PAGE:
That's not to say that nothing's happened in the last couple months. Around mid-July, I was moved to a new account and a new manager at work: instead of working on 3-4 different accounts, all of them business-to-business, I'm now dedicated to working full-time on the agency's biggest account. Happily, this account is a well-known company that mails massive amounts to consumers every month, and we're tasked with coming up with new creative and new strategies every month, and my boss always allows me a chance to contribute if I want/am able to. Earlier this week she asked if I had any ideas for a contact strategy to reduce churn, so I wrote up a quick one for her. To me, this is very exciting. I have access to almost as much information as she does, and cannot tell you how much I have come to value the agency's overall attitude that information wants to be free. This is the first place I've ever worked where things have seemed so open.
Outside of work, there have been a couple of out-of-town jaunts to Vegas and San Francisco; I got myself a gym membership; I've joined a choral group called the West Coast Singers (1st rehearsal is September 12th); I had a particularly awesome weekend last weekend that involved partying till 5 am and then getting up the next day to go sailing, which has prompted plans to join the Women's Sailing Association of Santa Monica Bay on September 13th (and possibly attend Buccaneer Days at the end of September). My car now has only 2 (out of 6) working windows: thankfully, the a/c is fully functional and kicks ass.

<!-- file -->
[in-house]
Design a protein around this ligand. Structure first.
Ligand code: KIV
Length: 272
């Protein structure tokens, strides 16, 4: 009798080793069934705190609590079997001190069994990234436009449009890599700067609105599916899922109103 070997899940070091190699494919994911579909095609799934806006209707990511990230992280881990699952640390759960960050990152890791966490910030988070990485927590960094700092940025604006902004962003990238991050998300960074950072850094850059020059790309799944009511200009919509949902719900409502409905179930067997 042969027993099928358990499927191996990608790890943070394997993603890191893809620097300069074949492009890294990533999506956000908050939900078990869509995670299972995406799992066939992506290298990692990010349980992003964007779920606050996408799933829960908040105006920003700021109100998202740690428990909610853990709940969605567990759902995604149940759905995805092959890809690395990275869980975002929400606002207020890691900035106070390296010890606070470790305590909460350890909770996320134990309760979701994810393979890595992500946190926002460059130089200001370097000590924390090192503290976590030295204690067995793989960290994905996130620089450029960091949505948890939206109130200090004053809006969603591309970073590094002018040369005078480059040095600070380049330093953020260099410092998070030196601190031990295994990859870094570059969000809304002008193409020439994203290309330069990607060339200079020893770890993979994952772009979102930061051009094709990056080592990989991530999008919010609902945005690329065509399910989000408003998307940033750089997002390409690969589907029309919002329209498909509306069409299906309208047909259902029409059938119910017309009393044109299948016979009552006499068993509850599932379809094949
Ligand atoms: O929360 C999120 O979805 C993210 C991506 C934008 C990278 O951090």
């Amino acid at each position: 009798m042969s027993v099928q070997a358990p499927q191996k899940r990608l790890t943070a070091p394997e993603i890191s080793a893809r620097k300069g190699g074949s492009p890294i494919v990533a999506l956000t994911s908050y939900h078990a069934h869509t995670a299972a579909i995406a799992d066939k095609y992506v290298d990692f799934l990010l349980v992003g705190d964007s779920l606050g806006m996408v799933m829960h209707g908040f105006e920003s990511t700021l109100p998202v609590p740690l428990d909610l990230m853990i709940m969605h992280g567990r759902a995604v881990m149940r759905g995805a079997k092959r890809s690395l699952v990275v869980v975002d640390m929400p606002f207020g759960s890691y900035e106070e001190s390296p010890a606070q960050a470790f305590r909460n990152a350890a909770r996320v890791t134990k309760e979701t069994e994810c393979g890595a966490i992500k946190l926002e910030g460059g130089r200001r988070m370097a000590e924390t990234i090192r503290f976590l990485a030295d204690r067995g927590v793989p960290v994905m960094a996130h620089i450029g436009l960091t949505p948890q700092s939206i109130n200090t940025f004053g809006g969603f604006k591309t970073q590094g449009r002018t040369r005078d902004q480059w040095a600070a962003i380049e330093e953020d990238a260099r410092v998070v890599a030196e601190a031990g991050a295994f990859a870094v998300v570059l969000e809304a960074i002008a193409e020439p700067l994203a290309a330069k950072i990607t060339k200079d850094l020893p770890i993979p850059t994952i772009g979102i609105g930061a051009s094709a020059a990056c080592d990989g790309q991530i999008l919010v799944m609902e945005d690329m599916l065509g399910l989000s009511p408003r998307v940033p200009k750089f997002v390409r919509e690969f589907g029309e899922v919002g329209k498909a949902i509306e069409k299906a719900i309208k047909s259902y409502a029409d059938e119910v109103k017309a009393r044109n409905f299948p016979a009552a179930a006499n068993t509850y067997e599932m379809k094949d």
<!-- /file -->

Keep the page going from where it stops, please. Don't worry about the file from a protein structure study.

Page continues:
That's about it in a nutshell; I will try to post proof of my continuing existence on a more regular basis.
Monday, July 25, 2005
Tuesday, July 12, 2005
The interesting thing about these bombings, though, is that people throughout our country felt their effect, and yet we've lost no time in turning an analytical eye on what happened and what the reaction was etc. etc. There was no such dialogue (none that sounded rational, anyway) so soon after September 11th, and in the aftermath of two attacks, now, I've heard a few things that have given me pause.
The first is in how people reacted to this event. In London, public transit was shut down, but there were several stories on how people were attempting to simply carry on, walking to and from work or school instead, and getting up and doing it over again the next day. There were quotes from people who took comfort in the fact that their country had survived worse from WWII and IRA bombings. It was as if there was that sudden intake of breath from the shock of the event and then a slow exhalation, and then everything went on as it had.